As a feature writer for the Korea Times, I got to meet some interesting people including Alex Trebek in 2001.
YONGSAN GARRISON, Seoul—As the host of the TV game show Jeopardy! one of the things that Alex Trebek thinks has made the game so popular is that people in general want to know how they stack up against the contestants on the show.
“People want to know how they compare to bright people,” explained Trebek. “They all want to be challenged that way and particularly in the safety of our own homes.”
Trebek is in Seoul this week to meet with the troops as well as conduct a contestant search for the show at bases in Korea as well as Japan. This is his second visit to Korea. He was here 10 years ago on a similar contestant search and USO goodwill tour.
“We were here in the cold. I remember snow in the DMZ,” recalled Trebek, who also was up at the DMZ on Wednesday. “I was wearing a long trench coat, baseball cap, and gloves to try to keep warm. I was told even then not to wave at the North Korean soldiers.”
Trebek, who has been named an Honorary Ambassador for Visit Korea Year, was taken back by the enormous growth since last time he was here.
“I’ve noticed tremendous changes in the country,” said Trebek. “You have a brand-new state-of-the-art airport. Seoul has become a major, major world city. I come back here after ten years and all I can say is ‘Wow’.”
A native of Ontario, Canada, Trebek graduated from the University of Ottawa with a degree in philosophy. Interested in a career in broadcast news, he joined the Canadian Broadcasting Company. His transformation from broadcaster to game show host started with a high school quiz show in Canada called Reach for the Top. Later, his show Wizard of Odds attracted U.S. viewers’ interest and eventually landed him several game show host stints before Jeopardy! which had gone off the air in 1974 was revived in 1984.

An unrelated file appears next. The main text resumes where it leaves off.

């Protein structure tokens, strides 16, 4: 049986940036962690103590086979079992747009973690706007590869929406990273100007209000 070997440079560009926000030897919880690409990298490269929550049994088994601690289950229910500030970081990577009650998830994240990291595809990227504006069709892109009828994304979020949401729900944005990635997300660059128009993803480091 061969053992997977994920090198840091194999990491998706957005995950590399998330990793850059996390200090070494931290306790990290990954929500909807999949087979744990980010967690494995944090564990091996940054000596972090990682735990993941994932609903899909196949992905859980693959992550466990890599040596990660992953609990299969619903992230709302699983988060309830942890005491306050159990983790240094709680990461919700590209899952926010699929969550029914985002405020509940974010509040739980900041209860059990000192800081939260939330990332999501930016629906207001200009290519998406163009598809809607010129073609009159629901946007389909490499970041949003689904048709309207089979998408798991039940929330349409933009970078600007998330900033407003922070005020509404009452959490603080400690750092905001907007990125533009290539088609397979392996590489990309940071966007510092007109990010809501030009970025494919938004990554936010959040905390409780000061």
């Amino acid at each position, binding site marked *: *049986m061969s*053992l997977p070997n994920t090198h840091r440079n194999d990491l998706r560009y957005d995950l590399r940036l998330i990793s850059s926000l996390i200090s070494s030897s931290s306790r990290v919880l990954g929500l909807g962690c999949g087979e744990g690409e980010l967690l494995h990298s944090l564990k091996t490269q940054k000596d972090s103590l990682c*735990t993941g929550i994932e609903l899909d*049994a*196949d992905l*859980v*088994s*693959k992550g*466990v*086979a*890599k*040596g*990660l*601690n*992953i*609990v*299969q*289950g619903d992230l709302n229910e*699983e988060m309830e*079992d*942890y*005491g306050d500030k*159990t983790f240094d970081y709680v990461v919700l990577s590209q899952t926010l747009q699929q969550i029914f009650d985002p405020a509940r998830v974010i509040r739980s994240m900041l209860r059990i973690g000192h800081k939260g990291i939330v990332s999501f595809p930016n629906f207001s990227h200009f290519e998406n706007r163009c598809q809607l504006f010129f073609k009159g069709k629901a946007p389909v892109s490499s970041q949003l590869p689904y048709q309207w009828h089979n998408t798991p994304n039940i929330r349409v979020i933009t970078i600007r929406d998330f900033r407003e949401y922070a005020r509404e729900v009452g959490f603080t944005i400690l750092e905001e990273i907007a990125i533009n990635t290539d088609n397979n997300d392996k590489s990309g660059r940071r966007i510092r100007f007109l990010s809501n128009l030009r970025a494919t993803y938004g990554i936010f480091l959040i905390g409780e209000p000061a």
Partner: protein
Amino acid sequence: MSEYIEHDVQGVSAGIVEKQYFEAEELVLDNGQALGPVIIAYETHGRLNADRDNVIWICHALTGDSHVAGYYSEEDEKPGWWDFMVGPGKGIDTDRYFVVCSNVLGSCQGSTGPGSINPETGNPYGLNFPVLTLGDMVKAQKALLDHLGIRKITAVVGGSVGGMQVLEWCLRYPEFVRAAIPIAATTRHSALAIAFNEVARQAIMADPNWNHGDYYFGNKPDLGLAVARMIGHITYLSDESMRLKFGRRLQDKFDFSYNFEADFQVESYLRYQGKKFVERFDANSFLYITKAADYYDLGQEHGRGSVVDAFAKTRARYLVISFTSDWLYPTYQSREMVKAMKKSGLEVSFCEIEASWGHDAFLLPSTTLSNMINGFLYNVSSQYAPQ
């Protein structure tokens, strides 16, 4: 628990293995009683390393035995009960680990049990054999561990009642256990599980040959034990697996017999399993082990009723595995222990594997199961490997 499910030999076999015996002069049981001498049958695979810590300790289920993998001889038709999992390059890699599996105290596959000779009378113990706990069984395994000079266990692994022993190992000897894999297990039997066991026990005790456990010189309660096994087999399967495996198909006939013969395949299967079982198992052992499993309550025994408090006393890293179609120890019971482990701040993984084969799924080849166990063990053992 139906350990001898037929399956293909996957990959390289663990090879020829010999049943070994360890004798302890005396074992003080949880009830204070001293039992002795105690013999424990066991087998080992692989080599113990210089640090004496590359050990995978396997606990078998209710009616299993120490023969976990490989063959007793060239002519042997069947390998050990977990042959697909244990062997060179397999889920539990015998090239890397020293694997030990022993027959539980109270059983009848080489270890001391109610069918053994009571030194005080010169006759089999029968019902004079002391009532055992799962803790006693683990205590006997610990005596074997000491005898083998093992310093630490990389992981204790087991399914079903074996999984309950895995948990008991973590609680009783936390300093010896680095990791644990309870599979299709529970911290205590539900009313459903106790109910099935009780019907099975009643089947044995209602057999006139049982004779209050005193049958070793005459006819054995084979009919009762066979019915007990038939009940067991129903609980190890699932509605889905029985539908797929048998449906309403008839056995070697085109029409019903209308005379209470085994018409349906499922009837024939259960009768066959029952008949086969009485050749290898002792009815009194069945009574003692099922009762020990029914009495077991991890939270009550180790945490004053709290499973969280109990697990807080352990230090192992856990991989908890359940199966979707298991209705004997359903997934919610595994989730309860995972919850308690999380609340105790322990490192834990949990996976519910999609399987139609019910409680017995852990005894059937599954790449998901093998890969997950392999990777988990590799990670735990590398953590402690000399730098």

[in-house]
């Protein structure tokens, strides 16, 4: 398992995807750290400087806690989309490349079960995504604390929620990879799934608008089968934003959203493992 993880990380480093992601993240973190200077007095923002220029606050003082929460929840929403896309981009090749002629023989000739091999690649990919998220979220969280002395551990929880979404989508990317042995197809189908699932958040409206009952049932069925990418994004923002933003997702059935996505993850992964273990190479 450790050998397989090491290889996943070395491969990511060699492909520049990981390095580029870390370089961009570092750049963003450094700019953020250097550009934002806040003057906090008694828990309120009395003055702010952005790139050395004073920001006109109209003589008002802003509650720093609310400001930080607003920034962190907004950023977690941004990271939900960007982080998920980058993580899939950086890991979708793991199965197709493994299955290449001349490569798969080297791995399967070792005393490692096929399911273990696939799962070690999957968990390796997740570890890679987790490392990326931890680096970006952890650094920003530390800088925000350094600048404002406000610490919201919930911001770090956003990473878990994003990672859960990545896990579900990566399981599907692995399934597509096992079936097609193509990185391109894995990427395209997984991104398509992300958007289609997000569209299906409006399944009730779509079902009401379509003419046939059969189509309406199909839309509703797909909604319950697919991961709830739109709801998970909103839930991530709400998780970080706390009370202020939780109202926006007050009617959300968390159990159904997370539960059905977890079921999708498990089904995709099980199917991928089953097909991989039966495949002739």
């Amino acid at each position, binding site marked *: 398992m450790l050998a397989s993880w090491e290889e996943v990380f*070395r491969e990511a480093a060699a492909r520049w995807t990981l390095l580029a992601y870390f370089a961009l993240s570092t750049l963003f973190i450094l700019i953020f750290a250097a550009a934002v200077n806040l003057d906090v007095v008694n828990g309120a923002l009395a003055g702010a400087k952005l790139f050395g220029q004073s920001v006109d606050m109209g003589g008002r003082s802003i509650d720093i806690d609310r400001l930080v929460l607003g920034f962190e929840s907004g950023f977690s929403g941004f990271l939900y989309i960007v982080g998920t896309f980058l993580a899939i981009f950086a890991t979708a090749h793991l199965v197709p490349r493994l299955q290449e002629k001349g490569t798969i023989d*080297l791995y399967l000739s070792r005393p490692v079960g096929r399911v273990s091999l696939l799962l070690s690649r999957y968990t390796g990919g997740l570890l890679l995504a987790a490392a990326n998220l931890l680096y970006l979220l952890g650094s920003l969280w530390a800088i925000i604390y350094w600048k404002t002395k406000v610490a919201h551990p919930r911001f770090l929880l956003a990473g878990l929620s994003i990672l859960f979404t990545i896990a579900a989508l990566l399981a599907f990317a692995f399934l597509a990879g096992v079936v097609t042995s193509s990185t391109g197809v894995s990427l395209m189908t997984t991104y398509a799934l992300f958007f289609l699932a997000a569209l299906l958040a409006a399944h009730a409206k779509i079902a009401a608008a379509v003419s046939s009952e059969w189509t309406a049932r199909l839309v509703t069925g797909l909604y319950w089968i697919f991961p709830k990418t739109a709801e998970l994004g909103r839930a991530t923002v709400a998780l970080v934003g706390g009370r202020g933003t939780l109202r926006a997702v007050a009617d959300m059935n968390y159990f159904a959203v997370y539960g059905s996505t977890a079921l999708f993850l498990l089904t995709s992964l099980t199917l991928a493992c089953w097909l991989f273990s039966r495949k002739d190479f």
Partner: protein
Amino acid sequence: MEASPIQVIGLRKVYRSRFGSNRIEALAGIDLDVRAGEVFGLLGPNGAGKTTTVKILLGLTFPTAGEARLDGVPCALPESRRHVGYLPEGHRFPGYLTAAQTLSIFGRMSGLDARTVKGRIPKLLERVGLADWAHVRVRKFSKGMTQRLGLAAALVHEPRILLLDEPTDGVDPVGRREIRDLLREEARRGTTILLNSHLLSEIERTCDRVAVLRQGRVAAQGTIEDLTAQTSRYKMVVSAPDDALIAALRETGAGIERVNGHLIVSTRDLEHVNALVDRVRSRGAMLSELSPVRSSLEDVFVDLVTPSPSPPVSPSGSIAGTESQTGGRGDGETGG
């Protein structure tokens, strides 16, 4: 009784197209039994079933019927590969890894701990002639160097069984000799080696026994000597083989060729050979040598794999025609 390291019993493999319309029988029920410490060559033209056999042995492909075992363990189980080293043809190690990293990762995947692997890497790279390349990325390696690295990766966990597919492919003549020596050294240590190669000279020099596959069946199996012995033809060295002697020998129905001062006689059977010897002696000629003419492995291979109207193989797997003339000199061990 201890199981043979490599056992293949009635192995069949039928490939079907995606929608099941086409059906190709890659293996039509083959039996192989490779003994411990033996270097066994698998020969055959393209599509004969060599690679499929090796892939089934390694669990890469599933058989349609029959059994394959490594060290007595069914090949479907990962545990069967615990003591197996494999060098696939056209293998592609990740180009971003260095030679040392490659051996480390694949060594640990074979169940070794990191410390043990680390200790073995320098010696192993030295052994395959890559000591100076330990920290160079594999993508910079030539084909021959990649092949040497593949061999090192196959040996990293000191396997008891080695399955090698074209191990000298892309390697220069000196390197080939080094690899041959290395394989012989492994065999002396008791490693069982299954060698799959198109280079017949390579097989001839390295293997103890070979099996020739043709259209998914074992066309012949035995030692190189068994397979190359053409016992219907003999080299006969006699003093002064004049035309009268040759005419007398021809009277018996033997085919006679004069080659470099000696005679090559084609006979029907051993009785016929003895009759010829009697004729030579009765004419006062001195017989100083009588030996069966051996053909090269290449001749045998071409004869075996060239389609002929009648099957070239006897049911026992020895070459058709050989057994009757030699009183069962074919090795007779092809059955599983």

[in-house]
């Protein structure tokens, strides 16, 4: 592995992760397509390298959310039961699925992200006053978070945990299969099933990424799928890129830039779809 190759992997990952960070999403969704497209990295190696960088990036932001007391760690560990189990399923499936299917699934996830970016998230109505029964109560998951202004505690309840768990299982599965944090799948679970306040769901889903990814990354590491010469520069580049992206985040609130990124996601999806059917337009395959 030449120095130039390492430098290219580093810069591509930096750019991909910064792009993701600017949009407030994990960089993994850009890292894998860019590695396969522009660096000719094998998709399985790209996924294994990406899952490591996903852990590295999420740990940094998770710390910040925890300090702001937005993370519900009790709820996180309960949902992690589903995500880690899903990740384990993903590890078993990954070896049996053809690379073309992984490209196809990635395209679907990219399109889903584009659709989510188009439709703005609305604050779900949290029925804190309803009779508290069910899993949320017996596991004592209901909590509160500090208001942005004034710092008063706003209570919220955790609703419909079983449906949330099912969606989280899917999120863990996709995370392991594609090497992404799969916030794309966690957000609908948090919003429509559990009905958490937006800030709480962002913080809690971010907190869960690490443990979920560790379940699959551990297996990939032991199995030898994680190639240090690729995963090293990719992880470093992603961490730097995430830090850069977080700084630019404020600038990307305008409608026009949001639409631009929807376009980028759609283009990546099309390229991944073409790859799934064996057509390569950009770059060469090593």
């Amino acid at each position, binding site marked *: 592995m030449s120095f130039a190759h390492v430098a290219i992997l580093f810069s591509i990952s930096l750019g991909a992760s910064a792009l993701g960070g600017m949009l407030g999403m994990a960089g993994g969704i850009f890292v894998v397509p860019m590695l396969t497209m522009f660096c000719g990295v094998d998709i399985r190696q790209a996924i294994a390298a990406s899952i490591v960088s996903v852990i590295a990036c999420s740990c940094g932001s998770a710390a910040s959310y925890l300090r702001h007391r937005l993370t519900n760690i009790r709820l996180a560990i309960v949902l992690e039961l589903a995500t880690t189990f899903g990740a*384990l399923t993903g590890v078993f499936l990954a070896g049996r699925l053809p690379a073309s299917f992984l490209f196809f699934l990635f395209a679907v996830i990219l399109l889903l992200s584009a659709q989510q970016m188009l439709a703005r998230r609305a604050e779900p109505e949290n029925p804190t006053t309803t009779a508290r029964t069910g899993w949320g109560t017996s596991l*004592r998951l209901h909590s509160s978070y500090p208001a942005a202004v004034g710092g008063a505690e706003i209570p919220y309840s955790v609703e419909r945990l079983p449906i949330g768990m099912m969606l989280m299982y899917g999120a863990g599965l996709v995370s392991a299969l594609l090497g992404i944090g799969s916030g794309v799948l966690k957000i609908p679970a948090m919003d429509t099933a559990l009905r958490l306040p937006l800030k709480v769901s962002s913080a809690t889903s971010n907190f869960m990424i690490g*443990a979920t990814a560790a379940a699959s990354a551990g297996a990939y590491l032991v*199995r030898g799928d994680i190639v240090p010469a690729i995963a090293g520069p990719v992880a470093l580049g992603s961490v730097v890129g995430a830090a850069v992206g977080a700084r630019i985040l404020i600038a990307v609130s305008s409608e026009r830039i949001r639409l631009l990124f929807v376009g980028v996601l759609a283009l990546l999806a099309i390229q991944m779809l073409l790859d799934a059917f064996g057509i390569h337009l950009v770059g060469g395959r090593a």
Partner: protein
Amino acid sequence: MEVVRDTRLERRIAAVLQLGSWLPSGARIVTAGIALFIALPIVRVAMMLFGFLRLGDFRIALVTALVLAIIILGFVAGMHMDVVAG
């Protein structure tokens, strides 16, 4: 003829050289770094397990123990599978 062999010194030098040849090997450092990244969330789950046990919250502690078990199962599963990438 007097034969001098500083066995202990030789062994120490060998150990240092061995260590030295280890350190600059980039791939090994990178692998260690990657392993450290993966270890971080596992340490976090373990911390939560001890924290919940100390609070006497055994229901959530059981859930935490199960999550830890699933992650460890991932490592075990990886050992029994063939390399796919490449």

Since then, the popular game show has won numerous awards. Furthermore, it is broadcast in 43 foreign countries and to U.S. service members all over the world through the Armed Forces Radio and Television Services (AFRTS). It was Trebek who first approached the United Services Organization (USO) with his idea of having service members on the show ten years ago. He thought it was a good way to get the military involved and to have more people in uniform represented on the show.
“Our mission is to get out there and meet the troops and let the folks back home know that our troops are in harms way, one way or another,” said Trebek. “It’s not easy being posted in a faraway land, particularly when you are in your 20s and you’ve never been away from home. The USO helps a great deal assisting these young troops adjusting to being away from home.”
Likewise, Trebek pointed out that it was a different kind of USO tour. Instead of sending entertainers and an orchestra, they were sending a smaller group. “It was very easy for them to do because we are a small group and it was very easy to do,” added Trebek. “We were low maintenance and high return in terms of the positive reaction from the troops and because the show is very popular, there was no downside to it.”In addition, Trebek who has also served on the Board of Governors of the USO (he also serves on the Board of Governors for the National Geographic Society) thinks that most Americans don’t know what a great organization the USO has been over the years.